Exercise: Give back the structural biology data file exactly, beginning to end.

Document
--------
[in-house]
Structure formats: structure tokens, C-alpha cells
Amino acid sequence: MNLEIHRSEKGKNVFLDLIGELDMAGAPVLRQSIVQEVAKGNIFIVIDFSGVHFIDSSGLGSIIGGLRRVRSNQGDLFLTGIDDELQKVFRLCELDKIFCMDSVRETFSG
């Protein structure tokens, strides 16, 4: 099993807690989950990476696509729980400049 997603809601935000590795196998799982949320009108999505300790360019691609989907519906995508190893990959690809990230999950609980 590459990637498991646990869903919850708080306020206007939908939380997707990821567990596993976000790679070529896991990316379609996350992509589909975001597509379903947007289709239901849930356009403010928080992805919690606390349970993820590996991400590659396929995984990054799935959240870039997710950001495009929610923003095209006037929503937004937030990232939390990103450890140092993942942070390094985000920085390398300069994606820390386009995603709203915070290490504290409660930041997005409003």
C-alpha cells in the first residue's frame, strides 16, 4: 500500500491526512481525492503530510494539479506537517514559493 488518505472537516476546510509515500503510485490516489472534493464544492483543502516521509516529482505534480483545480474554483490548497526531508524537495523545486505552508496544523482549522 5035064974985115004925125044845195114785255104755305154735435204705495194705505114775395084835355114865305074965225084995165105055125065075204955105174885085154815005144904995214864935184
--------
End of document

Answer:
[in-house]
Structure formats: structure tokens, C-alpha cells
Amino acid sequence: MNLEIHRSEKGKNVFLDLIGELDMAGAPVLRQSIVQEVAKGNIFIVIDFSGVHFIDSSGLGSIIGGLRRVRSNQGDLFLTGIDDELQKVFRLCELDKIFCMDSVRETFSG
């Protein structure tokens, strides 16, 4: 099993807690989950990476696509729980400049 997603809601935000590795196998799982949320009108999505300790360019691609989907519906995508190893990959690809990230999950609980 590459990637498991646990869903919850708080306020206007939908939380997707990821567990596993976000790679070529896991990316379609996350992509589909975001597509379903947007289709239901849930356009403010928080992805919690606390349970993820590996991400590659396929995984990054799935959240870039997710950001495009929610923003095209006037929503937004937030990232939390990103450890140092993942942070390094985000920085390398300069994606820390386009995603709203915070290490504290409660930041997005409003």
C-alpha cells in the first residue's frame, strides 16, 4: 500500500491526512481525492503530510494539479506537517514559493 488518505472537516476546510509515500503510485490516489472534493464544492483543502516521509516529482505534480483545480474554483490548497526531508524537495523545486505552508496544523482549522 5035064974985115004925125044845195114785255104755305154735435204705495194705505114775395084835355114865305074965225084995165105055125065075204955105174885085154815005144904995214864935184